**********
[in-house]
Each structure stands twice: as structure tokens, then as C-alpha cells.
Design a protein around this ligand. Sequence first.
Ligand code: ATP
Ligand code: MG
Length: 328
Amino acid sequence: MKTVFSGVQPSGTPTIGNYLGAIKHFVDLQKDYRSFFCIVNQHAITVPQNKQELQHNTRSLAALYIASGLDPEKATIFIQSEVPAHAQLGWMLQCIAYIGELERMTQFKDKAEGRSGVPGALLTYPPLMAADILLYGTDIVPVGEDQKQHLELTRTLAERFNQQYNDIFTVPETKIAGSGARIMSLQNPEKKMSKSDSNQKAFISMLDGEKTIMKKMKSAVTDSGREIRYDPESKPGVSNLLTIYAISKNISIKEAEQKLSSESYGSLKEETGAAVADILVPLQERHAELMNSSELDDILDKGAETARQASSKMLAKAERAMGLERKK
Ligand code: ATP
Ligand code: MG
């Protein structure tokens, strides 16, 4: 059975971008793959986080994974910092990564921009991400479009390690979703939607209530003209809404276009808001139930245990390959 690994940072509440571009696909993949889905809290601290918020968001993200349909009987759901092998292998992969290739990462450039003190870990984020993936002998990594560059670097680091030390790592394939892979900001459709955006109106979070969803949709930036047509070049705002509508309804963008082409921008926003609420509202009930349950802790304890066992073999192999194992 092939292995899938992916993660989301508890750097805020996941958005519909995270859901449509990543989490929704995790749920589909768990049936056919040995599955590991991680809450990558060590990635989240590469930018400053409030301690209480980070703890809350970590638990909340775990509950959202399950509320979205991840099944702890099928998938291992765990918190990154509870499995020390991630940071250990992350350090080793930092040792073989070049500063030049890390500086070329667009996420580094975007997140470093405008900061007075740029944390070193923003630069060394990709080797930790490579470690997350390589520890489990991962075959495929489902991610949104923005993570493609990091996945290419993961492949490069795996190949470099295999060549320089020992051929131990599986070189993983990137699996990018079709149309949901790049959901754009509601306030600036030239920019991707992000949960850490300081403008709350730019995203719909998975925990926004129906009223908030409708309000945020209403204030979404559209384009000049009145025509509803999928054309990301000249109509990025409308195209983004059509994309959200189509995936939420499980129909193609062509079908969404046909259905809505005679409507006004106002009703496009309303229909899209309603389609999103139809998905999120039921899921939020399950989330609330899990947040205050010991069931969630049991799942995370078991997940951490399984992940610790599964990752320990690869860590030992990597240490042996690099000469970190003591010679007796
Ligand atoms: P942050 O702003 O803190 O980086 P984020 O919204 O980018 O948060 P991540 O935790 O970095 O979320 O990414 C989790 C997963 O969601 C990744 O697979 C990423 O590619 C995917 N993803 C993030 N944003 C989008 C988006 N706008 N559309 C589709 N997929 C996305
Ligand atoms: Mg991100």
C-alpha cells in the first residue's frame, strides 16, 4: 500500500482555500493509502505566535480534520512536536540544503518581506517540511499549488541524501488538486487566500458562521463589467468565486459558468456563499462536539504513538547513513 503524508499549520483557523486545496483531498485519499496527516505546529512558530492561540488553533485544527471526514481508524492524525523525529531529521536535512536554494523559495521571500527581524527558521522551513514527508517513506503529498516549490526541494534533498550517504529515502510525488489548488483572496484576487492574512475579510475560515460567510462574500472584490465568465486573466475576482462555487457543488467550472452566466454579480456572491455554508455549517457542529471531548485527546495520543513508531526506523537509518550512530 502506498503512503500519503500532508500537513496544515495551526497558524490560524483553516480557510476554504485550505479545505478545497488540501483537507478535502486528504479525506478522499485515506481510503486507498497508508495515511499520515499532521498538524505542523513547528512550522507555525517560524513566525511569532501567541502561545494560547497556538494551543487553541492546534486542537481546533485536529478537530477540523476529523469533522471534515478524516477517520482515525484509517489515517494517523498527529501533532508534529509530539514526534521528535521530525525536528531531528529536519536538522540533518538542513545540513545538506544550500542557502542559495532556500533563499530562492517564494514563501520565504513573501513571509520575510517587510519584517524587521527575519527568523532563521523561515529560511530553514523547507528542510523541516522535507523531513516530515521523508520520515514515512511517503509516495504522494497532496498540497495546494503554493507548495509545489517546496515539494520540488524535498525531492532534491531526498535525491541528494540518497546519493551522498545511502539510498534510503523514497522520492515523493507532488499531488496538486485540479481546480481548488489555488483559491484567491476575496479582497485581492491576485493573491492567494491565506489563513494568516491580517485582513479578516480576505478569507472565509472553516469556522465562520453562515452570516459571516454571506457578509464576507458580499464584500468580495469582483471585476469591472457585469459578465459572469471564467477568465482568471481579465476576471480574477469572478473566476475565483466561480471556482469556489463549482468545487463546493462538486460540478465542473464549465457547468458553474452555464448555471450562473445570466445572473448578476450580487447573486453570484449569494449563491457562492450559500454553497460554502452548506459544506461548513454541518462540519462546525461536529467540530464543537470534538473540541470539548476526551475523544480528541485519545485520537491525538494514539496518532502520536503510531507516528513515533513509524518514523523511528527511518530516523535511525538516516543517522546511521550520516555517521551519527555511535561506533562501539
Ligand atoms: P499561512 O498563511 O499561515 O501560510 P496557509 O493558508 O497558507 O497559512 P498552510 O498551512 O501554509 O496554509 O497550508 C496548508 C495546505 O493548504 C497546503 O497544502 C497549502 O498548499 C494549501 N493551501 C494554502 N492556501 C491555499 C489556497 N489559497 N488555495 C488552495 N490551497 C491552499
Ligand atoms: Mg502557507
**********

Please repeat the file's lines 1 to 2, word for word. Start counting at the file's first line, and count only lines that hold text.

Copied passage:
[in-house]
Each structure stands twice: as structure tokens, then as C-alpha cells.